Several studies show a cow excretes 15g urine N/day for every unit of MUN. So if a cow has a reduced MUN level of 0.6 units that would mean a reduction of 9g/day of nitrogen excreted.
Over 360 days that equated to 3.2kg /cow/year less nitrogen in the urine.
Whole farm models predict that herds which excrete 3.2kg urinary nitrogen/cow/year less, will result in a reduction of 8-10% in nitrogen leached per year, Beatson says.
“We predict, with all other things staying the same, that genetics could lead to 20% less leaching in 20 years – 20% is a massive figure. This genetic approach is expected to be additive to other actions a farmer may take to reduce nitrogen leaching.”
Farmers who herd-tested with CRV Ambreed would be able to get a breeding value for their cows from July, which was another step on top of sire selection to breed a herd with a lower nitrogen leaching figure.
“That’s the second edge of the genetics sword – but sire selection is the most important.”
Some of the top bulls in the country have desirable genetics for MUN, which meant farmers could still select bulls with all their required traits, with the added bonus of low nitrogen leaching.
“The beauty of the genetics approach is that this has no impact on the farming system. Farmers can simply use a straw from a LowN bull rather than another straw and potentially they’re going to reduce leaching significantly.
“This is a powerful tool in the farmer’s tool box to mitigate environmental impact.”
The next stage of research is to prove animals that are genetically different for MUN do in fact excrete different amounts of nitrogen when fed the same diet. This involves bringing high-MUN and low-MUN animals to the same location and feeding them the same diets. Urine nitrogen and MUN will be measured to investigate the MUN-urine nitrogen relationship.
It is possible the phase-two research will investigate where dietary nitrogen is going if it’s not going into urine.
Cows will be studied in metabolism crates as part of the research to measure all of their nitrogen outputs, Beatson says.
More nitrogen going into milk, growth or dung would be a good outcome. Nitrogen contained in dung takes longer to break down which gives plants the ability to utilise it.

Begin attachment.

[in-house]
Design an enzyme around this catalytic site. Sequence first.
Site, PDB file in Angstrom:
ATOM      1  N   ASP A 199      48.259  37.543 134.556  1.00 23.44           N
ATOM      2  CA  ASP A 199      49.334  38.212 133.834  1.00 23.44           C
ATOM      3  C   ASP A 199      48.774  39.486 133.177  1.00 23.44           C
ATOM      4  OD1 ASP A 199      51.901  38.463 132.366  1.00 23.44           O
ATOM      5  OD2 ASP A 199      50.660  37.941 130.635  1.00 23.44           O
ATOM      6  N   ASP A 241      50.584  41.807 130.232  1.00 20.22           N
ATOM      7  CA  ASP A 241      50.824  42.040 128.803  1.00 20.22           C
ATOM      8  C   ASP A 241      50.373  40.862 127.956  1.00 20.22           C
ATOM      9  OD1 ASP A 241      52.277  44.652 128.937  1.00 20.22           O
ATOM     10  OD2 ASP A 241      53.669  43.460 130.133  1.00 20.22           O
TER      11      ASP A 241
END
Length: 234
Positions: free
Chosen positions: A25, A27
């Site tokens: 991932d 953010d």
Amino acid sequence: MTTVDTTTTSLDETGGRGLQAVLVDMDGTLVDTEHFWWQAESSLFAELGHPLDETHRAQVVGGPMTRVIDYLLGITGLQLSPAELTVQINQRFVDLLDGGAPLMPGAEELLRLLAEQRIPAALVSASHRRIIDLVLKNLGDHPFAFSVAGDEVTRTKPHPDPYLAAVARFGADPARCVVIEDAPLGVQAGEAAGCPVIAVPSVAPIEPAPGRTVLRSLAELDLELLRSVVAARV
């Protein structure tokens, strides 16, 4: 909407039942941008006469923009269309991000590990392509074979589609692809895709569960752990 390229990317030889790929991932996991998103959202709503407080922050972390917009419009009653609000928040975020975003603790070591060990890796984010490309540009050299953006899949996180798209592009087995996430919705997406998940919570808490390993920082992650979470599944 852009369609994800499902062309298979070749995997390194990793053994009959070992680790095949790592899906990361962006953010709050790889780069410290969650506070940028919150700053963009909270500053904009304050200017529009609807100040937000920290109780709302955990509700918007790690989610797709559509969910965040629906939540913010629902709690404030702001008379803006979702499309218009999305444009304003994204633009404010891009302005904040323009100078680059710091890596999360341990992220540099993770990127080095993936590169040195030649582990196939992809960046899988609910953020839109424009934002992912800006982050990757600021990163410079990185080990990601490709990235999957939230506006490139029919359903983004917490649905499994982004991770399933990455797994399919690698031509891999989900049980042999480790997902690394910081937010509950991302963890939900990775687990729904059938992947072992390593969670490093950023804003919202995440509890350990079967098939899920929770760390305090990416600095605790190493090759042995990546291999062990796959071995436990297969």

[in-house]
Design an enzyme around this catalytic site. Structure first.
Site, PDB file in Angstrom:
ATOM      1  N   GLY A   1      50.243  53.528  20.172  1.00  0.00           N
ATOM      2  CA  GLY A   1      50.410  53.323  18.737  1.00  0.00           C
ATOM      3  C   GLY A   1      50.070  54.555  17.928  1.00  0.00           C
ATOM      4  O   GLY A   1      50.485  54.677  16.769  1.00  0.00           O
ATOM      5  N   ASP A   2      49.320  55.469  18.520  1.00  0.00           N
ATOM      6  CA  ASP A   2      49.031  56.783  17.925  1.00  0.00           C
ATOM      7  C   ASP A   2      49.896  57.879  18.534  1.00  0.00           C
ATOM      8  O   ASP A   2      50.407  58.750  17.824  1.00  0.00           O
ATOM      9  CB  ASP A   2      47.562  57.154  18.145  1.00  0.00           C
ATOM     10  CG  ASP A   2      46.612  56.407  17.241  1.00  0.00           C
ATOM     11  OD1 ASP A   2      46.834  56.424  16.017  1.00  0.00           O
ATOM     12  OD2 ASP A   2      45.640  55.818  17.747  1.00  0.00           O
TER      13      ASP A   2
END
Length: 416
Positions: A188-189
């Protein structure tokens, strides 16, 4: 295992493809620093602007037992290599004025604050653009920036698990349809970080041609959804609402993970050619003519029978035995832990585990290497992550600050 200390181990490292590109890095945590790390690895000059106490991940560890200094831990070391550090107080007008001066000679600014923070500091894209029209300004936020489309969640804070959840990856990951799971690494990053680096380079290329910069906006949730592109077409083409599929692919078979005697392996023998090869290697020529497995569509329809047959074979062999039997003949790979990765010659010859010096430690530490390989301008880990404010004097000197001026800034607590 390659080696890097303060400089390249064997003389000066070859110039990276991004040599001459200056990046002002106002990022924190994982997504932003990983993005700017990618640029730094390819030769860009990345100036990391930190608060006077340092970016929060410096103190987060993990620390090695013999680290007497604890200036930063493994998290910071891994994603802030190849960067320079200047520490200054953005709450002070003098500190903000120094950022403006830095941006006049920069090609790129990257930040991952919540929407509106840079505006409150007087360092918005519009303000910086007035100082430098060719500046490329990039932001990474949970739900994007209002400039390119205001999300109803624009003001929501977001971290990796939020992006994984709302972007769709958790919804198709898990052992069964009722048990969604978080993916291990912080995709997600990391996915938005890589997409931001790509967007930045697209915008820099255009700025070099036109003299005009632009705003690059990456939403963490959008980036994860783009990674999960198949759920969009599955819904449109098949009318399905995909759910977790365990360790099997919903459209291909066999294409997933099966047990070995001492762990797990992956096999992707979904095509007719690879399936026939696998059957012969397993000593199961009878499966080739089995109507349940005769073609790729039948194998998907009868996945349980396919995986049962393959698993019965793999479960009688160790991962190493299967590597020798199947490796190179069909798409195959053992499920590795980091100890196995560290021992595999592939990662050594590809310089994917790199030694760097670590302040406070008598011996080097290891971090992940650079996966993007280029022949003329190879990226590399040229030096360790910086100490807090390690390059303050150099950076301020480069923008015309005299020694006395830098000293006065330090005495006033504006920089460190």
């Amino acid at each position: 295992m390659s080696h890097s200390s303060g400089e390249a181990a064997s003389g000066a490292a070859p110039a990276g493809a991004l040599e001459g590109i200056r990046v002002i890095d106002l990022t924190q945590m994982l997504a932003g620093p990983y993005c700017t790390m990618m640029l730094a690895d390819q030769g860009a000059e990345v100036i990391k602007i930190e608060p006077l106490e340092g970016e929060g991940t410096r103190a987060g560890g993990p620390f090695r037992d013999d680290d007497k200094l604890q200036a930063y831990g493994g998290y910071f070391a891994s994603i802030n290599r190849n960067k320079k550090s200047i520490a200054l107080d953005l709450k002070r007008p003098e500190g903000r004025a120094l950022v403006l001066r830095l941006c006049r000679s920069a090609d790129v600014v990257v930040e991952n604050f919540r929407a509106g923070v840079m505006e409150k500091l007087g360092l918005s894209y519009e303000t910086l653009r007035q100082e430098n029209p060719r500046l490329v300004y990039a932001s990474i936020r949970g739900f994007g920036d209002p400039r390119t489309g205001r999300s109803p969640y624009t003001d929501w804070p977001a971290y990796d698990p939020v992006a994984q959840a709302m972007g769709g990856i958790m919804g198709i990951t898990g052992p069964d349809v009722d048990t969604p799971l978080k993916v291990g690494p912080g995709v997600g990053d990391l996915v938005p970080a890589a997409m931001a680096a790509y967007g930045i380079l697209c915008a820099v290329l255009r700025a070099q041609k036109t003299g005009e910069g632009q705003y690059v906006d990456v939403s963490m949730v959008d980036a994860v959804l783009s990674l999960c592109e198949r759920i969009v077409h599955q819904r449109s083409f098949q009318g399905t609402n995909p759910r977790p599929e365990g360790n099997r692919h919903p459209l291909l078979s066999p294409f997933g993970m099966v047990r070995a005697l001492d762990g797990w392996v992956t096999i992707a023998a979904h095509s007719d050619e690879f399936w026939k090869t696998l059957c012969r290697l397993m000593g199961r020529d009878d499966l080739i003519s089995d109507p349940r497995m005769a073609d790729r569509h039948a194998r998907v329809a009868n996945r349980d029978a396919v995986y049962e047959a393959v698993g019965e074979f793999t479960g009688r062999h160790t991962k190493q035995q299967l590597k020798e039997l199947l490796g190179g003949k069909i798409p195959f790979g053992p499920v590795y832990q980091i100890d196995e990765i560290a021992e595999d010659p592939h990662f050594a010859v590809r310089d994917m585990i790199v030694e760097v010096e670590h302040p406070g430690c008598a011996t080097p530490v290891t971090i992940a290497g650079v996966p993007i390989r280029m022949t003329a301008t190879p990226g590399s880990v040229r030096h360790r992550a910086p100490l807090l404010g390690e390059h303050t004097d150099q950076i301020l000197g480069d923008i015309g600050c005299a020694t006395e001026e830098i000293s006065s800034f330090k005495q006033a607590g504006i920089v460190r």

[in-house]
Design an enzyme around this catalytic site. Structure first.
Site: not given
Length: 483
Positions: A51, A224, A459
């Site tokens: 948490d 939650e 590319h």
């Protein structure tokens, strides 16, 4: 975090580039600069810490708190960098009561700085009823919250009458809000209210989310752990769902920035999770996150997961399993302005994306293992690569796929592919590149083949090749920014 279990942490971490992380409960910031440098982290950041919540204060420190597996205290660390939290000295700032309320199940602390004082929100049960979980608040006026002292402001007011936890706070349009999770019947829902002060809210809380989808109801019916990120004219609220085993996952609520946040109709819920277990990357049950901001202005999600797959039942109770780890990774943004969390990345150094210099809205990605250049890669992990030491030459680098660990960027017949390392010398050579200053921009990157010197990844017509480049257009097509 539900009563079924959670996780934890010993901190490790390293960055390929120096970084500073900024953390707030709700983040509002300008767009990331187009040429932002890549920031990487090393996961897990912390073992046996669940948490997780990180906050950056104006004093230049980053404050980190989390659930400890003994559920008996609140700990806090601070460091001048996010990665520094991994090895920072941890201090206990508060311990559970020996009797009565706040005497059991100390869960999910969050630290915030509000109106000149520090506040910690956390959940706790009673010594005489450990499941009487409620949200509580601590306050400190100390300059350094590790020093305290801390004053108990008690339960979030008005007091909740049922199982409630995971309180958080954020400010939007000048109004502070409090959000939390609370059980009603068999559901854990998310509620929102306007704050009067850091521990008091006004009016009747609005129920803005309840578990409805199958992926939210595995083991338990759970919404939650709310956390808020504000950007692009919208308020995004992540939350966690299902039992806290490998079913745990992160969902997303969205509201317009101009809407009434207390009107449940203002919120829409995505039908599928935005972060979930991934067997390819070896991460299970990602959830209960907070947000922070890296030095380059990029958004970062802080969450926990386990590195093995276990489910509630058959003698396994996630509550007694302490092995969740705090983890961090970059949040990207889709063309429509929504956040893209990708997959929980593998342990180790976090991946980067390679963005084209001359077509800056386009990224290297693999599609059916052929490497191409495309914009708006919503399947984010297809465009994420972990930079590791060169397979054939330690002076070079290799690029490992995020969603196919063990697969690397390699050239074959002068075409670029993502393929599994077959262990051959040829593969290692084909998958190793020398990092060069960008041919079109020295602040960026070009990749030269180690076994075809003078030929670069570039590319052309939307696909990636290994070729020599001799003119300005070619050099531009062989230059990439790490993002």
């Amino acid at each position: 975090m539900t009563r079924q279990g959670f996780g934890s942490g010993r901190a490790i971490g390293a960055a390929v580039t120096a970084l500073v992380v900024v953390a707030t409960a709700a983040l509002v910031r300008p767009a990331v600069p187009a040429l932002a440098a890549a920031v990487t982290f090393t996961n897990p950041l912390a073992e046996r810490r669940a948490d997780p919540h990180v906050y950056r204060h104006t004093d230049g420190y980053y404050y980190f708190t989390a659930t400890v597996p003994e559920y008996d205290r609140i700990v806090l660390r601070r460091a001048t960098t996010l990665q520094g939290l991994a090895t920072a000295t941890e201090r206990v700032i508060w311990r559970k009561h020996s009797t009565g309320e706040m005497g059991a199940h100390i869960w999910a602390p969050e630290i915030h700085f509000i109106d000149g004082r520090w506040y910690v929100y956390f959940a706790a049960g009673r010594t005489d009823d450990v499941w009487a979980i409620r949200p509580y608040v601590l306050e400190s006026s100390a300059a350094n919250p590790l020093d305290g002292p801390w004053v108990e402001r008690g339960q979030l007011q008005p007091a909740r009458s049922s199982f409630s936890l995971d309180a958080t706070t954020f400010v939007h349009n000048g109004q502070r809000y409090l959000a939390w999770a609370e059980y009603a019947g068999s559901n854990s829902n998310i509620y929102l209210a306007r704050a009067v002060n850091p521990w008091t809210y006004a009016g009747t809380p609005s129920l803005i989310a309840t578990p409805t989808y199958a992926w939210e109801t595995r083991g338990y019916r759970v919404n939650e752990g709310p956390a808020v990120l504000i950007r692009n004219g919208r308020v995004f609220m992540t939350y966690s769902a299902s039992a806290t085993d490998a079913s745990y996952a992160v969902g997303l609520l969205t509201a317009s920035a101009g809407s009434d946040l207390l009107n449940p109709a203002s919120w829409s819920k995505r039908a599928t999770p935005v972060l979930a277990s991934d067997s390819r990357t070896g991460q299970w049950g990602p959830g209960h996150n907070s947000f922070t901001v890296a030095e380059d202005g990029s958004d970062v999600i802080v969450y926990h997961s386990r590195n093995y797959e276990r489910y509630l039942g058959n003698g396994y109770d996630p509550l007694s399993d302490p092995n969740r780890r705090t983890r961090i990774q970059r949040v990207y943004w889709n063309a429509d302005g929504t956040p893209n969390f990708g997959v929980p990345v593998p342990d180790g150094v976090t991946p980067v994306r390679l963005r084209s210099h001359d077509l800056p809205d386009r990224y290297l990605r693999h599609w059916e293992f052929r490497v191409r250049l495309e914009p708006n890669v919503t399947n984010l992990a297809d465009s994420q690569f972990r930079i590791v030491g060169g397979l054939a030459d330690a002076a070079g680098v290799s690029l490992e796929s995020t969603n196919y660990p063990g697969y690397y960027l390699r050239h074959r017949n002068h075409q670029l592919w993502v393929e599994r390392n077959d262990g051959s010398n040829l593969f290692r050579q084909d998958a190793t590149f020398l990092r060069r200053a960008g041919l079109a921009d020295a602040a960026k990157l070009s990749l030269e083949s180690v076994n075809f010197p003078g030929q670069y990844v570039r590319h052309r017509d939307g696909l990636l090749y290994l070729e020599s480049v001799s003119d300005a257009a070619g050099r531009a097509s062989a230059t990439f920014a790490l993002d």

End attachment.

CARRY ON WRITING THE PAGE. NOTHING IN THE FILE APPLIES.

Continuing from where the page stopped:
More nitrogen into gases would be less desirable, but in NZ’s situation it was still a positive result because of the intense focus on improving water quality.
“We can now identify animals that are genetically different for MUN and use those diverse animals to work out whether there are differences in the way they partition their dietary nitrogen.
“That creates world-first opportunities.”
Science provides answers
CRV Ambreed is in the business of improving farming systems and at the moment helping farmers to reduce their environmental impact is a significant focus, managing director Angus Haslett says.
It meant a lot to be able to give farmers a genetic tool to use in the environmental challenge that the industry is facing.
“It’s such a great story for our industry. Science has stepped up to provide an answer.
“This can really make a difference in our industry.”
Several hundreds of thousands of semen straws are available to meet the demand this year for its team of LowN bulls.
The team of 25 bulls across the three dairy breeds includes some top bulls including Superstition and Malestrom, CRV Ambreed sales and marketing manager Matt Macfie says.
“Our sales team is so excited to be able to bring this to customers, they are at the coal face seeing the challenges our farmers are facing. This is a great way to help farmers achieve their environmental goals.”
Farmers can expect to pay the normal rate for the LowN straws. There will be no premium for it, Macfie says.
The next step would be to work with key industry groups to create a national breeding value for MUN.